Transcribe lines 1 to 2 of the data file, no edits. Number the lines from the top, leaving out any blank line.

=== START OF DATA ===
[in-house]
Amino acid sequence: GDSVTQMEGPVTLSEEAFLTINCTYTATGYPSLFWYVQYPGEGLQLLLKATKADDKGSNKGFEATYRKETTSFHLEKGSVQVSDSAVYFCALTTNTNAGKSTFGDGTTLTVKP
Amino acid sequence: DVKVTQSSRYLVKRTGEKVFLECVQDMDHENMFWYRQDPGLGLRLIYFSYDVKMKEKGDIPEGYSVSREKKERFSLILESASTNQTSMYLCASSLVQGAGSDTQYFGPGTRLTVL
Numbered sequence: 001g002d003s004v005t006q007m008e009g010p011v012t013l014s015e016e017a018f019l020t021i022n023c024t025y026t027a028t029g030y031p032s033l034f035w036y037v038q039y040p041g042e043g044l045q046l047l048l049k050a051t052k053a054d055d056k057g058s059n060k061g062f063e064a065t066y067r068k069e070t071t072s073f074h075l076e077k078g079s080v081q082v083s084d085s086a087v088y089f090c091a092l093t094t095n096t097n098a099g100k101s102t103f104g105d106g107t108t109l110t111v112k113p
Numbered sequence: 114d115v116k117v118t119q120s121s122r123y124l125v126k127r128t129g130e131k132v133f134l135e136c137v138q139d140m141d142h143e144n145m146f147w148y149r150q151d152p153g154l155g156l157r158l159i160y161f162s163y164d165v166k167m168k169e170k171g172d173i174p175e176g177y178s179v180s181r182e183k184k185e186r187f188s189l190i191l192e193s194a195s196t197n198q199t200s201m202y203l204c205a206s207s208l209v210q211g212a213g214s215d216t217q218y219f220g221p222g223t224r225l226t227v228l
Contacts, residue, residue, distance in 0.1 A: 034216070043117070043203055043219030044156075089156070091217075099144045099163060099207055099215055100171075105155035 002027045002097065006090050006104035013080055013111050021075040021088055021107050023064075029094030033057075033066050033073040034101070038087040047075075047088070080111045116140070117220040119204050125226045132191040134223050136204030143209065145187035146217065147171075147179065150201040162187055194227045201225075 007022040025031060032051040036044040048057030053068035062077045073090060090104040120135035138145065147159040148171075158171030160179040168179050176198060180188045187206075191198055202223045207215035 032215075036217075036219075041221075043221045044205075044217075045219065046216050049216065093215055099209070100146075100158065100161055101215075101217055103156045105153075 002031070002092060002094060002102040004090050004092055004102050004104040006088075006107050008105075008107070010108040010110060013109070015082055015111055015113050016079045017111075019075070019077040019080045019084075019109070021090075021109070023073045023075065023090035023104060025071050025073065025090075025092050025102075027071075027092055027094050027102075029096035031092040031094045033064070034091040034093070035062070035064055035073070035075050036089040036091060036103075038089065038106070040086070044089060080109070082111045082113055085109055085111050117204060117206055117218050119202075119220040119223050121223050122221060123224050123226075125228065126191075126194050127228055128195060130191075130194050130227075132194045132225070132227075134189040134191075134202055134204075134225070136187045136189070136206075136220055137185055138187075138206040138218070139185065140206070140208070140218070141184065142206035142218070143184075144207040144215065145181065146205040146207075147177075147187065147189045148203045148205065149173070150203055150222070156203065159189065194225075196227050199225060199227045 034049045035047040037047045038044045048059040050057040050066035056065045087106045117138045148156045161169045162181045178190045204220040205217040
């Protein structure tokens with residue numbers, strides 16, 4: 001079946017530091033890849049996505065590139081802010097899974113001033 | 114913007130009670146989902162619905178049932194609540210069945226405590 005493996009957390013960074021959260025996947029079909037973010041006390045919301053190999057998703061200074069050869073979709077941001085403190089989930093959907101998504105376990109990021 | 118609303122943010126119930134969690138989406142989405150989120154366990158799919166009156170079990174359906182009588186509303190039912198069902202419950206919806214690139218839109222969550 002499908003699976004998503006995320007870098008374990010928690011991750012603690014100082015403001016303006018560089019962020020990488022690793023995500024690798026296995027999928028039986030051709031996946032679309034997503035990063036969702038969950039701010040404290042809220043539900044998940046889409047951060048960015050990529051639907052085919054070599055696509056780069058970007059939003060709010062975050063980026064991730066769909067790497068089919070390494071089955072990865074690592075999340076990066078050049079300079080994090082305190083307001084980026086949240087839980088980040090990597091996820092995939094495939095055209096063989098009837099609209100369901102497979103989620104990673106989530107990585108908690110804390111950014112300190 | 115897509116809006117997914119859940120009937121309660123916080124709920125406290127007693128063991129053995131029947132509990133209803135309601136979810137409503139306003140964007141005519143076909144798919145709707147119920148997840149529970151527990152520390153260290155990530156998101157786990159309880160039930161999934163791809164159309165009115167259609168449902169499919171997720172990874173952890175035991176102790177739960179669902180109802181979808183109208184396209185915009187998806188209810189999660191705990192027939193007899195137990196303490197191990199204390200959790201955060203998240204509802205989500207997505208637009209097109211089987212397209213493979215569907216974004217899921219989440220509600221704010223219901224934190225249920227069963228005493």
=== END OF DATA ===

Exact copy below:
[in-house]
Amino acid sequence: GDSVTQMEGPVTLSEEAFLTINCTYTATGYPSLFWYVQYPGEGLQLLLKATKADDKGSNKGFEATYRKETTSFHLEKGSVQVSDSAVYFCALTTNTNAGKSTFGDGTTLTVKP